They're the same family as in scaled reptiles. One of the things that supports birds having evolved from reptiles - ornithischians, supposedly.

    Scales and feathers have an obvious evolutionary heritage, a sequence from fish to reptiles to birds. Mammalian hair and fur comes from the evolved scale genes all mammals have inherited.
     
    Last edited: Oct 10, 2008
  16. Saquist Banned Banned

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    I speak only in absolutes, because what is "obvious" can be used as superlative.
    As a result obvious (at least for me) is what is proven not drawn from deductive reasoning.
     
  17. solidsquid Registered Member

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    Wrong. Gene duplication has been shown to be a key factor in the attainment of novel function in duplicate genes. A couple of examples are the origins of the eosinophil-derived neurotoxin (EDN) and eosinophil cationic protein (ECP) genes:

    (Zhang, Rosenburg & Nei, 1998)

    (Zhang, 2003)

    Gene duplication is implicated in the evolution of the blood coagulation cascade as well as exon shuffling – which has been important in the rise of evolutionary novelties (Patthy, 2003). Examination of other organisms, the sequencing of the proteases involved, genetic sequence comparison et cetera have all pointed that the blood coagulation cascade evolving from precursors to the point where we are now (Doolittle and Jiang, 2003; Davidson, Tuddenham and McVey, 2003; Kolkman and Stemmer, 2001;
    Krem and Di Cera, 2002; Aird, 2003).

    The concept is obviously beyond your ability to comprehend.

    You have NO EVIDENCE TO BACK UP YOUR RETARDED CLAIMS. You have shown absolutely NO backing for your ridiculous assertions other than pitiful anecdotes. Back up your arguments with scientific data or shut up. This is a science forum, let's see some science - WHERE IS YOUR SCIENTIFIC BACKING CARICO?. So put up or STFU.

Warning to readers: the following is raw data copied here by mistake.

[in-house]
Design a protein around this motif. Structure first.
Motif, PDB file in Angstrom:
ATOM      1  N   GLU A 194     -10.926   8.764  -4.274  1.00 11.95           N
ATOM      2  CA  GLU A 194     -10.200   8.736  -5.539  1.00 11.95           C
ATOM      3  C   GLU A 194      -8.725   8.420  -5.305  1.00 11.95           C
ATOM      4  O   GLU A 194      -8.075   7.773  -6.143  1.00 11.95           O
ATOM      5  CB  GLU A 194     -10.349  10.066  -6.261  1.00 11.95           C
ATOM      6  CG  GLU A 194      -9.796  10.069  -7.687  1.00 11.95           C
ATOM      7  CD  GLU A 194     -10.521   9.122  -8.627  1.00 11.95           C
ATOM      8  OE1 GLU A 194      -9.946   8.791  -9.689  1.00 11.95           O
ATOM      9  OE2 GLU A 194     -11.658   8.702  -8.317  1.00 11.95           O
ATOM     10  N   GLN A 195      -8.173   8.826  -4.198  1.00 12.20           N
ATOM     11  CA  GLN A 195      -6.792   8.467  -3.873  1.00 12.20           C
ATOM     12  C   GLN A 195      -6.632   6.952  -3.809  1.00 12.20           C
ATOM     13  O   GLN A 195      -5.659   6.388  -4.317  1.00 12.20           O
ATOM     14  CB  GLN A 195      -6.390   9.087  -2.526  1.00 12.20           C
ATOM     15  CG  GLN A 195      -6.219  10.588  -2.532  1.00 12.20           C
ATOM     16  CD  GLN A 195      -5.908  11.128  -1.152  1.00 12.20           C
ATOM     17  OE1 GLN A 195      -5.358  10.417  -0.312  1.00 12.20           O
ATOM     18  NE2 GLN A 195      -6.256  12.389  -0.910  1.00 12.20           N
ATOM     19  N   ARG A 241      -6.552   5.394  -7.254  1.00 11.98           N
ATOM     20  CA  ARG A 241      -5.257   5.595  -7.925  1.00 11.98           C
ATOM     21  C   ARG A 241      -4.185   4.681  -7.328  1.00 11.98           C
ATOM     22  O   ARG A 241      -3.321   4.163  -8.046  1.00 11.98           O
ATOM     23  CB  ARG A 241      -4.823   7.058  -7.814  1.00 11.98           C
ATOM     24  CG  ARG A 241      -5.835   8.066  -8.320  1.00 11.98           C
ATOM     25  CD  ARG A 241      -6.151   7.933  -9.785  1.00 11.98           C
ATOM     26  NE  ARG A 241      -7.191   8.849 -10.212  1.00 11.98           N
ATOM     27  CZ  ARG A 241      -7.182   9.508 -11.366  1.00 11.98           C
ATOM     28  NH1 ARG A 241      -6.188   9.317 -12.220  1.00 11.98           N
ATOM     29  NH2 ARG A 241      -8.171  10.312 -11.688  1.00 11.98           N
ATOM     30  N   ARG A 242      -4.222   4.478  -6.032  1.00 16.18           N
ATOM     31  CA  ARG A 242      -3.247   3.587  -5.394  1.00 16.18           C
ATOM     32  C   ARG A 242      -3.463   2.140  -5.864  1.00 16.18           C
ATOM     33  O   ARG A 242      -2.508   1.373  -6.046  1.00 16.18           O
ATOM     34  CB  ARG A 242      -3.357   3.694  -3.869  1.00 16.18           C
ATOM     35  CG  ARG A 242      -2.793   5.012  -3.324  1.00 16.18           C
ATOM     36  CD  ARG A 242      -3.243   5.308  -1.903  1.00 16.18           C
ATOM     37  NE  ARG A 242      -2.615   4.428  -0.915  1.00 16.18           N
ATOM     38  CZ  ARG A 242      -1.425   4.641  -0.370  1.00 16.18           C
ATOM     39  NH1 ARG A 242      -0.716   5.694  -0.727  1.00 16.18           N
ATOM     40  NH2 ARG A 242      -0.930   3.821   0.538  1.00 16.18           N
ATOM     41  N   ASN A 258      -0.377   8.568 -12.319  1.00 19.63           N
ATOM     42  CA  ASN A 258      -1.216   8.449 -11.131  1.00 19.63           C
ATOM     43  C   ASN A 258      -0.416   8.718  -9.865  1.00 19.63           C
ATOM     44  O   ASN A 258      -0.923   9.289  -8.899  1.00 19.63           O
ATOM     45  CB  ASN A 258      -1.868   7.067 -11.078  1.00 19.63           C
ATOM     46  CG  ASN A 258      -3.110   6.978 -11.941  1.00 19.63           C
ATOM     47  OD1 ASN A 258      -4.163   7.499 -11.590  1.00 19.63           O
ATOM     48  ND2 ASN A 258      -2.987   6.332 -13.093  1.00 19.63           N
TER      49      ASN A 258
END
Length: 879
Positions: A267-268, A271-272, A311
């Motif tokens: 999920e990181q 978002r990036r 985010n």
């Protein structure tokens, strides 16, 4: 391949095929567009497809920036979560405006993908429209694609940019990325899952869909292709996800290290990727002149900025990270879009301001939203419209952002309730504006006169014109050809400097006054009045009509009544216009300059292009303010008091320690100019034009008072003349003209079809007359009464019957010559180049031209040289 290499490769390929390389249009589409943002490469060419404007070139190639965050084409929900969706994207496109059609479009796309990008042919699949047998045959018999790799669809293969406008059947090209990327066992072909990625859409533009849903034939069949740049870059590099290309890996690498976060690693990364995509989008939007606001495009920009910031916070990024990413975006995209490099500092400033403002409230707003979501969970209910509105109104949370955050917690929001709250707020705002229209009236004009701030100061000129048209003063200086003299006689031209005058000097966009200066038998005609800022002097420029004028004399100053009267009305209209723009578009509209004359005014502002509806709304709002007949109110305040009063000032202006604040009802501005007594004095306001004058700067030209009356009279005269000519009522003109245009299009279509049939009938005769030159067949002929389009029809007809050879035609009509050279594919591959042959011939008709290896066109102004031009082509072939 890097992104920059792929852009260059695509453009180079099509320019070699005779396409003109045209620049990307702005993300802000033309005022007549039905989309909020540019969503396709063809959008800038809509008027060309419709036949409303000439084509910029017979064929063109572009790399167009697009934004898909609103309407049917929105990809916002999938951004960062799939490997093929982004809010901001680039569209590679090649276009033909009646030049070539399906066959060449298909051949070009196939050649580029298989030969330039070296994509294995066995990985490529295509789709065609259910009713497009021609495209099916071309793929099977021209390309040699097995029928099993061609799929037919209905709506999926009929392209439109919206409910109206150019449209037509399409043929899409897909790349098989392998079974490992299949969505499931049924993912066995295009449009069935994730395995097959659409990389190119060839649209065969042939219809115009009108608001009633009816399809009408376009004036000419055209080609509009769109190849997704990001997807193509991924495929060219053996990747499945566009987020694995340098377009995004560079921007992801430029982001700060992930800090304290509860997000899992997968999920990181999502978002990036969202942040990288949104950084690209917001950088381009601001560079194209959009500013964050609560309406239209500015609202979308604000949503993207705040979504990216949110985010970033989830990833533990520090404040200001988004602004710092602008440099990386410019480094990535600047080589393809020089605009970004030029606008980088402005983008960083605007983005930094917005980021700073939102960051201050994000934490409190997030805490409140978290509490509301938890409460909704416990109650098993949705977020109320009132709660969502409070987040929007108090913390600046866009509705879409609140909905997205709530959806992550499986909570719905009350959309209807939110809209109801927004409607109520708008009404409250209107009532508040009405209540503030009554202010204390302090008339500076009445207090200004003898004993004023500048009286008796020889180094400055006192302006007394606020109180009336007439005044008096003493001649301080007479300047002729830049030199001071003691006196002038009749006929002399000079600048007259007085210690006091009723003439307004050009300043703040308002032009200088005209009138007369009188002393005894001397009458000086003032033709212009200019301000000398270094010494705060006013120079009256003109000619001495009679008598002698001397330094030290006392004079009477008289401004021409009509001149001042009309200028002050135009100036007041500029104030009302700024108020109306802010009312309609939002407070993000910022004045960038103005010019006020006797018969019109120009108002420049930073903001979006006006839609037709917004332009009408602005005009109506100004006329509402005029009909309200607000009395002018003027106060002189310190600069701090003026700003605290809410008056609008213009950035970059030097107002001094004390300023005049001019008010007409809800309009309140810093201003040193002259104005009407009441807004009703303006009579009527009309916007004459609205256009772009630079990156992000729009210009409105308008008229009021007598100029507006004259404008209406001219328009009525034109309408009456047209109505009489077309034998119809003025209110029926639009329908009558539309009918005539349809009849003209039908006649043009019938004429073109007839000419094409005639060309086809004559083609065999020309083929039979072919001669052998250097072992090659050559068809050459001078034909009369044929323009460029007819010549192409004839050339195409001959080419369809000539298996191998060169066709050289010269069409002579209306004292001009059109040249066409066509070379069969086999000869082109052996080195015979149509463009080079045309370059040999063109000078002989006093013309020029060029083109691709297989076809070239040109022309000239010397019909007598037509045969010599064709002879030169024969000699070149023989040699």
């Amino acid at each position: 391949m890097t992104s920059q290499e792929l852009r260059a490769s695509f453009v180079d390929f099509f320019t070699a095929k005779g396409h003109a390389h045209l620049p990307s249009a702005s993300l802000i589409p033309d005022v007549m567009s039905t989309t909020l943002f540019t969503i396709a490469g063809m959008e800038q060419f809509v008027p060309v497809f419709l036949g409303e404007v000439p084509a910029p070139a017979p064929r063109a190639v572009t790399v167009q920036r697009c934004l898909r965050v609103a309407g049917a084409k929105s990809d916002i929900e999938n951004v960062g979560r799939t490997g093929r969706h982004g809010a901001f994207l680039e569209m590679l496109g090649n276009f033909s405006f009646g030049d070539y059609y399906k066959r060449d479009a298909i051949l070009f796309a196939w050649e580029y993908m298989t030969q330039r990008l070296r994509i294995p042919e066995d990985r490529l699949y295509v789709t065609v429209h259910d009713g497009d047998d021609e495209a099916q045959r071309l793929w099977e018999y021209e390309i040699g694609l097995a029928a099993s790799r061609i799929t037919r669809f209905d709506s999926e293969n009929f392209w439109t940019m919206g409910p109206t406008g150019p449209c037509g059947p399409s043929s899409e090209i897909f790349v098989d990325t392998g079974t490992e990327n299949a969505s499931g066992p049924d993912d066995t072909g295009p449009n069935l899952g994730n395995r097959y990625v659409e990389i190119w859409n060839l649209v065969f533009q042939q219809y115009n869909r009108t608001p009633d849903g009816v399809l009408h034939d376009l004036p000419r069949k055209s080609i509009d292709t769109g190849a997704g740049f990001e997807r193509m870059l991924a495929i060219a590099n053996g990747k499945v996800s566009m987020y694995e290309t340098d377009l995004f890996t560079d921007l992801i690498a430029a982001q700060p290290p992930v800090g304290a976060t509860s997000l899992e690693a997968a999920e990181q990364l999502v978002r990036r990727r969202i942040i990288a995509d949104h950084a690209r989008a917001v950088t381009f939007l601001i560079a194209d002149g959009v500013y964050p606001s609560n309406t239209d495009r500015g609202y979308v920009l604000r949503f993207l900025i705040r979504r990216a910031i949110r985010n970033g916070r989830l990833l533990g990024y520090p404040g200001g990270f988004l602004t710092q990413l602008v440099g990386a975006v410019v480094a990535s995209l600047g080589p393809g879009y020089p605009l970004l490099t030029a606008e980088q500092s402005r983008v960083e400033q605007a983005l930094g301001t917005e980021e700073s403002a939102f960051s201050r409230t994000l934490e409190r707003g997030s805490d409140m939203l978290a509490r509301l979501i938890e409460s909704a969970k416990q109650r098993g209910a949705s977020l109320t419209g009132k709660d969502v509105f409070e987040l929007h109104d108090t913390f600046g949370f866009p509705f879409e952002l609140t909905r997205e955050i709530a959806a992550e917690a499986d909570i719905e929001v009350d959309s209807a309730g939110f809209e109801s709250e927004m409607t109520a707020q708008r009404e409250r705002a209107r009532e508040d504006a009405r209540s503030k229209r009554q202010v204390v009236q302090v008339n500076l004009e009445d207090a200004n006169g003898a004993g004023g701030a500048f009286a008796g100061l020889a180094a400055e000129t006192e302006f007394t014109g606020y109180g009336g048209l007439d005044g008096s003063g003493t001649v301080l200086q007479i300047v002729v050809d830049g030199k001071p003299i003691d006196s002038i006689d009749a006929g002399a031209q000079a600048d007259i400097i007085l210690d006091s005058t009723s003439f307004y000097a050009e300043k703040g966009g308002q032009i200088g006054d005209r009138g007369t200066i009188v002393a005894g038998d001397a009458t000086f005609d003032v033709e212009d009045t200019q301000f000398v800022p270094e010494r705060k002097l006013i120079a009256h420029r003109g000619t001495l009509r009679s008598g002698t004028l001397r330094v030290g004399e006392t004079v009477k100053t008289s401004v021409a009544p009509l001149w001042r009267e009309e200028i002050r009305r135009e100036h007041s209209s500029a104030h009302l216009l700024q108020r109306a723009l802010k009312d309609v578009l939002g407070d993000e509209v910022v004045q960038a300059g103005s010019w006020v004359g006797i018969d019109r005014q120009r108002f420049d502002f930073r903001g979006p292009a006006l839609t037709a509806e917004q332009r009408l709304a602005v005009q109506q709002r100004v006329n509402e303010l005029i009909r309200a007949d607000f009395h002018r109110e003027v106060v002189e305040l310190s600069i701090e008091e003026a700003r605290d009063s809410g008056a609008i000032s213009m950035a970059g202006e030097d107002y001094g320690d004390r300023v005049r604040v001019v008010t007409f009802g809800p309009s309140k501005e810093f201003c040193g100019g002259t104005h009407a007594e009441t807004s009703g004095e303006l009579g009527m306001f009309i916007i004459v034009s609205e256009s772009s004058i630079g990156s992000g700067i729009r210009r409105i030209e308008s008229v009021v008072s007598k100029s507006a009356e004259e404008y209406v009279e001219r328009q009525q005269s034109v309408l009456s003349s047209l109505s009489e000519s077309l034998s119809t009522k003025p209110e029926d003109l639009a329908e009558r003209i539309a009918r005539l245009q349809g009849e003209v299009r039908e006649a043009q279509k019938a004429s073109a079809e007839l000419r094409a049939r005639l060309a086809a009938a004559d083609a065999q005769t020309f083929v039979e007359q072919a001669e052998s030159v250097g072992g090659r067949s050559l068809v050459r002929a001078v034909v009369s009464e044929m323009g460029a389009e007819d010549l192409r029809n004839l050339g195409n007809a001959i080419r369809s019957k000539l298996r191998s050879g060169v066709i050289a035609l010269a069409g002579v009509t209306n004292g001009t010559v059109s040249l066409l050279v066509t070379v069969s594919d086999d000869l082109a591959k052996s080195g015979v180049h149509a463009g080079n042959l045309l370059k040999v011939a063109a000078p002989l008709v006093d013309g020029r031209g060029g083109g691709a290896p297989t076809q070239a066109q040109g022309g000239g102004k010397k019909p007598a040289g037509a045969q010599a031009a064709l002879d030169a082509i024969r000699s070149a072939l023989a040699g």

References (PAY ATTENTION TO THESE):

    Aird, W. (2003). Hemostasis and irreducible complexity. Journal of Thrombosis and Haemostasis, 1, 227-230.

    Davidson, C., Tuddenham, E. and McVey, J. (2003). 450 million years of hemostasis. Journal of Thrombosis and Haemostasis, 1, 1487-1494.

    Doolittle, R. and Jiang, Y. (2003). The evolution of vertebrate blood coagulation as viewed from a comparison of puffer fish and sea squirt genomes. Proceedings of the National Academy of Sciences, 100, 7527-7532.

    Kolkman, J. and Stemmer, P. (2001). Directed evolution of proteins by exon shuffling. Nature Biotechnology, 19, 423-428.

    Krem, M. and Di Cera, E. (2002). Evolution of enzyme cascades from embryonic development to blood coagulation. Trends in Biochemical Sciences, 27, 67-74.

    Patthy, L. (2003). Modular assembly of genes and the evolution of new functions. Genetica, 118, 217-231.